Purdue Profiles: Laura Starr
November 3, 2015
Laura Starr, director for experiential learning and student success in the College of Science. (Photo provided)
Laura Starr aids in the success of College of Science students by encouraging them to take part in experience-based, non-classroom activities that can transform the ways they view themselves and navigate the world.
Starr is the director for experiential learning and student success in the College of Science. She works with two innovative programs within the college. The Learning Beyond the Classroom program allows college students to take their experiences outside the classroom and apply them toward a certificate that will enhance their marketability in the workplace. The Global Science Partners program brings domestic and international students together to participate in monthly dinners and cultural and service activities.
Tell me about your professional background and how it's led you to where you are today.
I lived abroad in Jerusalem for 18 years. While there, I earned my MA and PhD in sociology. I studied how an educational system develops the flexibility and transferable skills that a 21st century worker requires to succeed in the global marketplace. All of my past experiences from studying abroad and living abroad are bits and pieces of what make me love what I’m doing today.
Why do you encourage students to study abroad?
Study abroad is one of the types of activities that count toward the Learning Beyond the Classroom certificate. Studying abroad as an undergraduate student changed my life. This led me to living abroad. I believe that when students take the risk and challenge themselves to live on their own in a different culture, they develop into culturally competent individuals. I love coaching students to get the most out of their experiences abroad.
What are your main roles in the Learning Beyond the Classroom program and the Global Science Partners?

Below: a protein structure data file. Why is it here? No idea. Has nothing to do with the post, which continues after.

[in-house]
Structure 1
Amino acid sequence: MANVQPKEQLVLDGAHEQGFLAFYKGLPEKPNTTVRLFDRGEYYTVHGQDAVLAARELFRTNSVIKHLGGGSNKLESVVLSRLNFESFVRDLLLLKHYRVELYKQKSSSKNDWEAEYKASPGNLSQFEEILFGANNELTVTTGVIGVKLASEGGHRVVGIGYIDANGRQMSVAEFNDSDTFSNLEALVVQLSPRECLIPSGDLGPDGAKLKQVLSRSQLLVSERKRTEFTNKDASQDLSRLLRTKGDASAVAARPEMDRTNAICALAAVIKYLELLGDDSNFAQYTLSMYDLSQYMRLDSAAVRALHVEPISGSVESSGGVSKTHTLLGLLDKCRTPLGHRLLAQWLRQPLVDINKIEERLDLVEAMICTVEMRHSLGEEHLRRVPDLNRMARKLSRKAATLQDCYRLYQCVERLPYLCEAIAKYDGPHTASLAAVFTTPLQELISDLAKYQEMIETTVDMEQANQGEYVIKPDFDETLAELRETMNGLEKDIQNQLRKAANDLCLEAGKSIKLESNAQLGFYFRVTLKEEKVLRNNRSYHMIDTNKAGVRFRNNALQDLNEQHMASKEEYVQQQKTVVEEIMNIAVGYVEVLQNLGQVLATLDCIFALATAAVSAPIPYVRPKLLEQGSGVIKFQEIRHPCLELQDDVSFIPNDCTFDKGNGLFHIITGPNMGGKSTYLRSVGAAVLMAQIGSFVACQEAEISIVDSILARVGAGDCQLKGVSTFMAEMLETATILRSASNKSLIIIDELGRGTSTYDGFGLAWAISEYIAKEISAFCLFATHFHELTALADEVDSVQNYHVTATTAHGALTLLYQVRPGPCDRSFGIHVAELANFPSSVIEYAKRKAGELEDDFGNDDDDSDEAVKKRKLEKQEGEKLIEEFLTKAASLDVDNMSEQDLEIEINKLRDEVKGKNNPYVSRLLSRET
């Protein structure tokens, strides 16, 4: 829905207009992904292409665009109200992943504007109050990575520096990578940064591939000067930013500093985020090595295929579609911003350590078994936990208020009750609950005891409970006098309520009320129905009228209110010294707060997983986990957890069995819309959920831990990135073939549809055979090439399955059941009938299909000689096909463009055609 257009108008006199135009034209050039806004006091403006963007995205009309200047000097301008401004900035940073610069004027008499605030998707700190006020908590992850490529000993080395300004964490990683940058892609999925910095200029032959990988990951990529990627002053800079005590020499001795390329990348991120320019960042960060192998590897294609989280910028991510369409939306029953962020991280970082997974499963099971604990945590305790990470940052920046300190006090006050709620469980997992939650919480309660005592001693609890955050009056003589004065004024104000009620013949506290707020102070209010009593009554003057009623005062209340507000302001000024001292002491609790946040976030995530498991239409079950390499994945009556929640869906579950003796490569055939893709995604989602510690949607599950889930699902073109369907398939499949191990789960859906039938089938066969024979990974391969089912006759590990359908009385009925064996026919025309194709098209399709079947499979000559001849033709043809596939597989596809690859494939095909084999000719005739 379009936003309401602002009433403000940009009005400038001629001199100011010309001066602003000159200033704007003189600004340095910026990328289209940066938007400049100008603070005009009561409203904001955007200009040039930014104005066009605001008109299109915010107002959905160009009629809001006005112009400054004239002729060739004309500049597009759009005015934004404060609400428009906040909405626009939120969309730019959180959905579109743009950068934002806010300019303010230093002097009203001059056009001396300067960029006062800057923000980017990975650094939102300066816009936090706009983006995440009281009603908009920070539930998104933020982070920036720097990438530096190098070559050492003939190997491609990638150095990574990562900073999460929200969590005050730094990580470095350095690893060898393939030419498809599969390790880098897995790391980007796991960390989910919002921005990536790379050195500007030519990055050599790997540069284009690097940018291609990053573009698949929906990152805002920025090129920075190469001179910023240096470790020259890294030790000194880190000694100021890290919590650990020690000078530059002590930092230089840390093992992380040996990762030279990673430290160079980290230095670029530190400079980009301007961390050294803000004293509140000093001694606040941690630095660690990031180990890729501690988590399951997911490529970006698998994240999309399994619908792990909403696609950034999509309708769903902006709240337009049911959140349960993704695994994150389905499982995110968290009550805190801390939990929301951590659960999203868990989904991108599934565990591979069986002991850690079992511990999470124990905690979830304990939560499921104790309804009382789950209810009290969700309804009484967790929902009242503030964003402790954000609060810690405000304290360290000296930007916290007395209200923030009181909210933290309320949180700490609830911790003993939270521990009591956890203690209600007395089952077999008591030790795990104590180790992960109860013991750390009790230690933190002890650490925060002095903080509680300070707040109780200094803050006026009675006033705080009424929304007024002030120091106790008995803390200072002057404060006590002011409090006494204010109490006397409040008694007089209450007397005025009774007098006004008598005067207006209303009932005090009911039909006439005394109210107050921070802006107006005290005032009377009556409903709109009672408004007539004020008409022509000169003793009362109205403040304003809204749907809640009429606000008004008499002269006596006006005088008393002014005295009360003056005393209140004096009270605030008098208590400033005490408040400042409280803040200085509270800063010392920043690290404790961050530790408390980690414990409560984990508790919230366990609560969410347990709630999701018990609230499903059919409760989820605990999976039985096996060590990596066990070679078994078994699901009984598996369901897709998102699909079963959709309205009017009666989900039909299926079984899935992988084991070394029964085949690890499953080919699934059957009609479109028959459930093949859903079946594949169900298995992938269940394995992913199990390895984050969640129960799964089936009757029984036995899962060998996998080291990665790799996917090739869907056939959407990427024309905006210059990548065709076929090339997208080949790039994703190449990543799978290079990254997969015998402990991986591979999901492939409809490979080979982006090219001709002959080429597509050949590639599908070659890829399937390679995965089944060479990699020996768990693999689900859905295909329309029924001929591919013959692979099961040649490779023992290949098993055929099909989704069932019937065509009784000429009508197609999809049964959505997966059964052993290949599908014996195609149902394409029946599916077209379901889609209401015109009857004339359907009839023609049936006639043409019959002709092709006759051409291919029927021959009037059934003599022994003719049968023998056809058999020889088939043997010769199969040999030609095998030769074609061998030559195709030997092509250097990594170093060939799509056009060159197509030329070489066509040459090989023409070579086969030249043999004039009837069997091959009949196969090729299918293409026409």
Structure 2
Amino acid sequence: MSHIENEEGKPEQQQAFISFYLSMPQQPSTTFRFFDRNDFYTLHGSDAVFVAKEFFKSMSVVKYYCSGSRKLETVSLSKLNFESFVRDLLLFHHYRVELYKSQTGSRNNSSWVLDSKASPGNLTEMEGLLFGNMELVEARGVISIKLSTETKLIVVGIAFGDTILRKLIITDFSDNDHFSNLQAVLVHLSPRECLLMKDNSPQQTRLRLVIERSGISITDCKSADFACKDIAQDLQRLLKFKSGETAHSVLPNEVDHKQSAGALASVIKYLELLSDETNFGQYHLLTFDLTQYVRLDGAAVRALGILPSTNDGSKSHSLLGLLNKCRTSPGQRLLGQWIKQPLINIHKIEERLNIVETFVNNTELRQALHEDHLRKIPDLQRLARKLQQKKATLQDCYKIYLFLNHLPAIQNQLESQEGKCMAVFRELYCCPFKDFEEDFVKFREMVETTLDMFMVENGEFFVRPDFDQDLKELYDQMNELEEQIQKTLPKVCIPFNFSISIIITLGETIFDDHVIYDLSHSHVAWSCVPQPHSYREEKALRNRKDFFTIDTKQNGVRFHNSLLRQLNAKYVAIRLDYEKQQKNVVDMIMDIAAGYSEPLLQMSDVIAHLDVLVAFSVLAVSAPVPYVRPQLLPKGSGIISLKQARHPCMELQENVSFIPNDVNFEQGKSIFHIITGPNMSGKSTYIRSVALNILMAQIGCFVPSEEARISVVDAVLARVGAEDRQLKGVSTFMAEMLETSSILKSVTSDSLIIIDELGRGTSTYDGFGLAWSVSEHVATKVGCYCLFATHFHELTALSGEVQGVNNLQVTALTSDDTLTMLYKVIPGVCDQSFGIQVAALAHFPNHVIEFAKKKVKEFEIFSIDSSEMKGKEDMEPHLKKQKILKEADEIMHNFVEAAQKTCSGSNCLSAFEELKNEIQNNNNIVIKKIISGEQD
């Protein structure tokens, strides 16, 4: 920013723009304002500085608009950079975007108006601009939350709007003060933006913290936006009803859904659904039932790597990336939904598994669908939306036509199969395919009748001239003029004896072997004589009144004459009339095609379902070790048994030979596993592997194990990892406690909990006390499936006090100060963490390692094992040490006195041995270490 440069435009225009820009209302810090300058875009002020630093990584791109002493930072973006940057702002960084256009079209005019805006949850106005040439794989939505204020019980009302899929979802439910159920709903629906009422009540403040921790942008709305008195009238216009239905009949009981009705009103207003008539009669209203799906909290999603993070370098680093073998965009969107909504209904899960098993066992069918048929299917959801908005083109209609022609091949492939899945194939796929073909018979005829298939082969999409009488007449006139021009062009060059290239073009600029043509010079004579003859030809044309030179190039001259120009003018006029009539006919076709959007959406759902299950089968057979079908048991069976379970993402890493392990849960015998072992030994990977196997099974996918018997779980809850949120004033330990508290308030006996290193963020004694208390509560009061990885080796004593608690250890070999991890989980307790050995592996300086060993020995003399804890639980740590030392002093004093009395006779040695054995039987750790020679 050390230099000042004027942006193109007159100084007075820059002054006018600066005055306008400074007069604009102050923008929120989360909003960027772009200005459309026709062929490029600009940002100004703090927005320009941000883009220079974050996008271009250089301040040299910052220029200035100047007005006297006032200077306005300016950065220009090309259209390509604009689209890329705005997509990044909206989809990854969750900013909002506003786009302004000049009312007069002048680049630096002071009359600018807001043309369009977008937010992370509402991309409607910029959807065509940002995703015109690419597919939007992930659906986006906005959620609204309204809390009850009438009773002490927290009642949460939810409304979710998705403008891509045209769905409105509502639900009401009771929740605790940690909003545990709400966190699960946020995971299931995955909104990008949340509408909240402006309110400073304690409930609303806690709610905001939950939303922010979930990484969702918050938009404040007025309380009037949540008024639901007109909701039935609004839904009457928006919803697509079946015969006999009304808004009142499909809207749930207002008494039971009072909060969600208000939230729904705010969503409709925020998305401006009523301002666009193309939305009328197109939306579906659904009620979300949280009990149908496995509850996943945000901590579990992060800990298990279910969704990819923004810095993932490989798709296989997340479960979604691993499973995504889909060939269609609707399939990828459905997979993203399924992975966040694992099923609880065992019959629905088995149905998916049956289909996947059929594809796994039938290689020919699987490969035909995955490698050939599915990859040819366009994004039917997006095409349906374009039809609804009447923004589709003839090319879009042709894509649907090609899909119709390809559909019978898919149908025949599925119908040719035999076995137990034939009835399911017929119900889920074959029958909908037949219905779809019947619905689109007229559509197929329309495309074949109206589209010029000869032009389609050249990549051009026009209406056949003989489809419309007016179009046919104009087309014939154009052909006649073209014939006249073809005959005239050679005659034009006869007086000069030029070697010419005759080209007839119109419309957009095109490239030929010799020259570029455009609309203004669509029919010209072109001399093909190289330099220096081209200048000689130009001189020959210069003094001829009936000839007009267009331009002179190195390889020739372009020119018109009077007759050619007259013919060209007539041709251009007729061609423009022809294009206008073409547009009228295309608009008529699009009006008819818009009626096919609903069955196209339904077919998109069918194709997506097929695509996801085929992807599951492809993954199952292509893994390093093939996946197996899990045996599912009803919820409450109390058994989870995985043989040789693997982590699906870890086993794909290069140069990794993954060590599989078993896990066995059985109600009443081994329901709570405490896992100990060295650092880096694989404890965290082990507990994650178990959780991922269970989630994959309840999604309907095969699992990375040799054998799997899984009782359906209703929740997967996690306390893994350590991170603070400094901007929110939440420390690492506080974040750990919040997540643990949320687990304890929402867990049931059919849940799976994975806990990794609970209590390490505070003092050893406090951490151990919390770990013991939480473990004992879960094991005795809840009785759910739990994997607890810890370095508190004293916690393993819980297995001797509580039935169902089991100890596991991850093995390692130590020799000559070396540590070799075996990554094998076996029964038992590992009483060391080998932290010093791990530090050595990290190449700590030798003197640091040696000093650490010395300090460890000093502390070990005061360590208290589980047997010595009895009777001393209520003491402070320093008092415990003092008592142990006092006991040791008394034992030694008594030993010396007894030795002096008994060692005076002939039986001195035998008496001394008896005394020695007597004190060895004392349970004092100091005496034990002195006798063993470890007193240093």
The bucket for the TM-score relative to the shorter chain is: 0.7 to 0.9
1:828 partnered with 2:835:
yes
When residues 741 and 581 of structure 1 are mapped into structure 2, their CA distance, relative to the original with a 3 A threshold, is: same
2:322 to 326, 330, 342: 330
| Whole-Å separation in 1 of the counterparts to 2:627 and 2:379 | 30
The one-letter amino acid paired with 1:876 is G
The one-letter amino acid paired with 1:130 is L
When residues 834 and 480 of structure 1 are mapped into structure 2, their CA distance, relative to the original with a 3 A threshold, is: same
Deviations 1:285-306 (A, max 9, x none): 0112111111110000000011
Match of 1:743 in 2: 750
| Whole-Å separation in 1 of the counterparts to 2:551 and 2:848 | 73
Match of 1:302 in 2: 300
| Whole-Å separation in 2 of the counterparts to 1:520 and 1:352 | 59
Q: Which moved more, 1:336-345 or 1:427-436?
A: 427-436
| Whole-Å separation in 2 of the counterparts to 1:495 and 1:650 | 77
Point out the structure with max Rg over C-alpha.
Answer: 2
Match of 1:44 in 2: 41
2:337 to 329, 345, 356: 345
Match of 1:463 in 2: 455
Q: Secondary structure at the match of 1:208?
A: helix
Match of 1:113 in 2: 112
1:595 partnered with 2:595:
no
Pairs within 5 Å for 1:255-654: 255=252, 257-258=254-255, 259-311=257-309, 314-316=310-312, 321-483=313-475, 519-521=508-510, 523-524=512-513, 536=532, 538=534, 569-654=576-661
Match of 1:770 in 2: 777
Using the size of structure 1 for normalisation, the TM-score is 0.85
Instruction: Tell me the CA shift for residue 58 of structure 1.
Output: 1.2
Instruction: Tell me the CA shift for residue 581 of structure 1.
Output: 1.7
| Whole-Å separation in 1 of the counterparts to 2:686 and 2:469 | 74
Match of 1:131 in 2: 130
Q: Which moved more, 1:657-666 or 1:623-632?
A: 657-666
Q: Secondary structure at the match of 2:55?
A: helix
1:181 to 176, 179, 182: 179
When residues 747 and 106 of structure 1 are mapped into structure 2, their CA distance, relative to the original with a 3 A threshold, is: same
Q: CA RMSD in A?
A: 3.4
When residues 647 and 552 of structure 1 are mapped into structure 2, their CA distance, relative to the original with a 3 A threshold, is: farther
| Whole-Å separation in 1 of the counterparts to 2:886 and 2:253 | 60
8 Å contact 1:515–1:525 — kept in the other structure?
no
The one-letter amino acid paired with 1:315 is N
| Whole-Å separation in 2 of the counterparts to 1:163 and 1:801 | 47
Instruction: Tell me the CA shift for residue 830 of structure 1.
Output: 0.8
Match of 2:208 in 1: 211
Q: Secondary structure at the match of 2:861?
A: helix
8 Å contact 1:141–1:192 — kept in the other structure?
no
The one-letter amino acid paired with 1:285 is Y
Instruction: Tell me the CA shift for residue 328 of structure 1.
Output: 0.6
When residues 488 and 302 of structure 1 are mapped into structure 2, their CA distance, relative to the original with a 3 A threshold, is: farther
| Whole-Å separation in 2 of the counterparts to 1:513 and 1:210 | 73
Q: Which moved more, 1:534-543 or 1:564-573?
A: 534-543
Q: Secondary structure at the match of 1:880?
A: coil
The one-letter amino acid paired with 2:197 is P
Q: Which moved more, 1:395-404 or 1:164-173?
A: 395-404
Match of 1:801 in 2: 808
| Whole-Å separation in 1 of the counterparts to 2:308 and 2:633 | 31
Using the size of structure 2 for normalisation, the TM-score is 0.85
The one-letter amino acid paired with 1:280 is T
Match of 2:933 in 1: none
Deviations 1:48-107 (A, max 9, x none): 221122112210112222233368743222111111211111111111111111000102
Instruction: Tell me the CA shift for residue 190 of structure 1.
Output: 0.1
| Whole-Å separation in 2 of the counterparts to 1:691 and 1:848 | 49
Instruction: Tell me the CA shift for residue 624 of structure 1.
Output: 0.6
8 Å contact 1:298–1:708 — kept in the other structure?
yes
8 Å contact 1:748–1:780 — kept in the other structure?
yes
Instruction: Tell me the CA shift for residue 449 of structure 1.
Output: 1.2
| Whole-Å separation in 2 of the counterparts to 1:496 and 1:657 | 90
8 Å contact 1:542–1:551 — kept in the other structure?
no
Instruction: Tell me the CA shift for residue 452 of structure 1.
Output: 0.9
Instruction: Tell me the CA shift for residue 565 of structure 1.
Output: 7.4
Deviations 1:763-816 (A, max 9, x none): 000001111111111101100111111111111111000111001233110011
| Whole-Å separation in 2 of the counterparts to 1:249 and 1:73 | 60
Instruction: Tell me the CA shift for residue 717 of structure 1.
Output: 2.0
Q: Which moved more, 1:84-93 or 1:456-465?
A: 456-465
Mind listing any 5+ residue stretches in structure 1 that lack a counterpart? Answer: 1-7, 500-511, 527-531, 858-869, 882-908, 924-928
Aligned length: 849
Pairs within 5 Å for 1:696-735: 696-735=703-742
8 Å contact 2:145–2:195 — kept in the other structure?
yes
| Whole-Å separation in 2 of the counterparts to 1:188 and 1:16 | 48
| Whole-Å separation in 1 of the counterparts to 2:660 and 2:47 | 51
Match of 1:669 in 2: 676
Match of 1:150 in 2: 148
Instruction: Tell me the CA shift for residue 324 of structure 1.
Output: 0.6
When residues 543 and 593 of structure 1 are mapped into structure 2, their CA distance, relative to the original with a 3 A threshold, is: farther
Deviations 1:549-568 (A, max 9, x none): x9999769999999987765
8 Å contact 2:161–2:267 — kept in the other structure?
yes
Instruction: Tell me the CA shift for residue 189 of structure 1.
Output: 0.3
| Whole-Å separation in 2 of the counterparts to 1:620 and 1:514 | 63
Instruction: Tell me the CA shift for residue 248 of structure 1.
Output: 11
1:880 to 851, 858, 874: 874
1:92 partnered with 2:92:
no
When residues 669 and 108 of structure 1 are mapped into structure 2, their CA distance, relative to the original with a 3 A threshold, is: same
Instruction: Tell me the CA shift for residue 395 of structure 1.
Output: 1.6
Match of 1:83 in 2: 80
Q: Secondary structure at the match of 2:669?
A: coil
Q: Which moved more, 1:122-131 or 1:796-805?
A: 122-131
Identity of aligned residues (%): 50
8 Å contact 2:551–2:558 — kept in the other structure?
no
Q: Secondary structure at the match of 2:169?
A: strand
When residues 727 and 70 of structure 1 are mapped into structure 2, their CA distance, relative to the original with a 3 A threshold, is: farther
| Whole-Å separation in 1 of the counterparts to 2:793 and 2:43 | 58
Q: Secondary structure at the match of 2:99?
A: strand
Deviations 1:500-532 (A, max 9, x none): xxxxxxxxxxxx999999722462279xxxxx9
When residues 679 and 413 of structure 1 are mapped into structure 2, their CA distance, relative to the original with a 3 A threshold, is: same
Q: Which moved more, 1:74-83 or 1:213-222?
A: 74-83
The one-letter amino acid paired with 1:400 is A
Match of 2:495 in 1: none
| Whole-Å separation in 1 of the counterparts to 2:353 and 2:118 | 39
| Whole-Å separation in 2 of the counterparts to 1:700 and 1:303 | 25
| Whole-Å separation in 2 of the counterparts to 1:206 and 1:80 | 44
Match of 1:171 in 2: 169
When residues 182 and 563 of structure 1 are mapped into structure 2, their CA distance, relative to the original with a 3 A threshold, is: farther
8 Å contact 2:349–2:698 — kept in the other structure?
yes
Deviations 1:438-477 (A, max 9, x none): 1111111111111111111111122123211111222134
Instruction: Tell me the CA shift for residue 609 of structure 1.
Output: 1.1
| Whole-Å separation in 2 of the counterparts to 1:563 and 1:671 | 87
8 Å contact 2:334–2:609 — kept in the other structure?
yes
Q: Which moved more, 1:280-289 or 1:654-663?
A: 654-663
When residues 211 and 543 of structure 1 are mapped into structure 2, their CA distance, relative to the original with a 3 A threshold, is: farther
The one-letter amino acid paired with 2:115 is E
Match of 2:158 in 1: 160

After helping to develop the Learning Beyond the Classroom program, I became the administrator. I read the reports students submit on their activities and encourage them to elicit meaning from their experiences. College of Science students who earn the LBC certificate are recognized at graduation and the achievement is noted on their academic transcripts.
For Global Science Partners, I work alongside Terry Ham who runs the program's events. I teach a course, Global Science Leadership Seminar, to first-year students in the program. I participate in the monthly dinners and arrange for faculty to dine with students in the program. I work mostly behind the scenes in the organization and assessment of the Global Science Partners program.
How did you develop the idea for Global Science Partners?
We have seen a large influx of international students in the College of Science. Two distinct cultures existed, domestic and international, and there was little interaction between the two groups. We had the opportunity to create a program that capitalized on this diversity and brought students together to learn about and from each other. In three years, we have seen openness and understanding grow among the participants and friendships abound.
Writer: Aspen Deno, email@example.com